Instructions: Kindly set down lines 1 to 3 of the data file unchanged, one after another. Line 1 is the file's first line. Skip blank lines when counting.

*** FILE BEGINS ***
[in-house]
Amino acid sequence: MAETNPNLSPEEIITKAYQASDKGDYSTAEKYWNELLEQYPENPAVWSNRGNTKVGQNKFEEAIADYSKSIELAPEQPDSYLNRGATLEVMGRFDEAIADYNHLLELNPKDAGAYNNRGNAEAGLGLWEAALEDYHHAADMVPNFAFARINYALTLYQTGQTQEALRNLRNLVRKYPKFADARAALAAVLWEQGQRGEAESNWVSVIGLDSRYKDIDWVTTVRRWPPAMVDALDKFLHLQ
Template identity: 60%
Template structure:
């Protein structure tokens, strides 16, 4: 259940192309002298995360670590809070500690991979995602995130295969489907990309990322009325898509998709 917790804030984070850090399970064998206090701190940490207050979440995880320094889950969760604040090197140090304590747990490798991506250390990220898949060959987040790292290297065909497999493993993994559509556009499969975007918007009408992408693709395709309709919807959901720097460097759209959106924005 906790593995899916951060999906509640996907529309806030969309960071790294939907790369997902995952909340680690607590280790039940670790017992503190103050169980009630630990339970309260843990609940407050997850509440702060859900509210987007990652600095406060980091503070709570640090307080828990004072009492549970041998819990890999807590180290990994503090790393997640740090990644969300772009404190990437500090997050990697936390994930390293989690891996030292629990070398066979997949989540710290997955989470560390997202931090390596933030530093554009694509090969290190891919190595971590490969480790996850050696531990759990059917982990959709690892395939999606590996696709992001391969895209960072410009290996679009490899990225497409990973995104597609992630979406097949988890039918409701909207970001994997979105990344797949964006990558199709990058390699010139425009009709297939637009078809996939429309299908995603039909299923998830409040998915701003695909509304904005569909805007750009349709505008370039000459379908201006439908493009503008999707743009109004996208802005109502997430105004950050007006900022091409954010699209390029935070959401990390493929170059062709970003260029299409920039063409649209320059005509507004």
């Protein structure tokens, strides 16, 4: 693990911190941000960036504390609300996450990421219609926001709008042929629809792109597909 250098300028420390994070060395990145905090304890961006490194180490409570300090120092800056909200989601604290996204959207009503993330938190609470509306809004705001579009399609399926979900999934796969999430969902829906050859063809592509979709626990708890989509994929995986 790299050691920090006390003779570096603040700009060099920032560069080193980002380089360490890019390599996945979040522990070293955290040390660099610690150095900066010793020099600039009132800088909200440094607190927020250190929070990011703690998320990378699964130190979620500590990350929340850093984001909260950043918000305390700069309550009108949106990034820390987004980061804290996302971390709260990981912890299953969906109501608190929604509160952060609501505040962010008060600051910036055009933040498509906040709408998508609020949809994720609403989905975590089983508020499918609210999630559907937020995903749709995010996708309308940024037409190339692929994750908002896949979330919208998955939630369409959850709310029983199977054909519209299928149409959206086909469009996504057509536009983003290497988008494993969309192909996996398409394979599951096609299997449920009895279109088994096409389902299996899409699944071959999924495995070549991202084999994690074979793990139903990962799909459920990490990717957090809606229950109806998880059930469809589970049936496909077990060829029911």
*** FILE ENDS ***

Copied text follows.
[in-house]
Amino acid sequence: MAETNPNLSPEEIITKAYQASDKGDYSTAEKYWNELLEQYPENPAVWSNRGNTKVGQNKFEEAIADYSKSIELAPEQPDSYLNRGATLEVMGRFDEAIADYNHLLELNPKDAGAYNNRGNAEAGLGLWEAALEDYHHAADMVPNFAFARINYALTLYQTGQTQEALRNLRNLVRKYPKFADARAALAAVLWEQGQRGEAESNWVSVIGLDSRYKDIDWVTTVRRWPPAMVDALDKFLHLQ
Template identity: 60%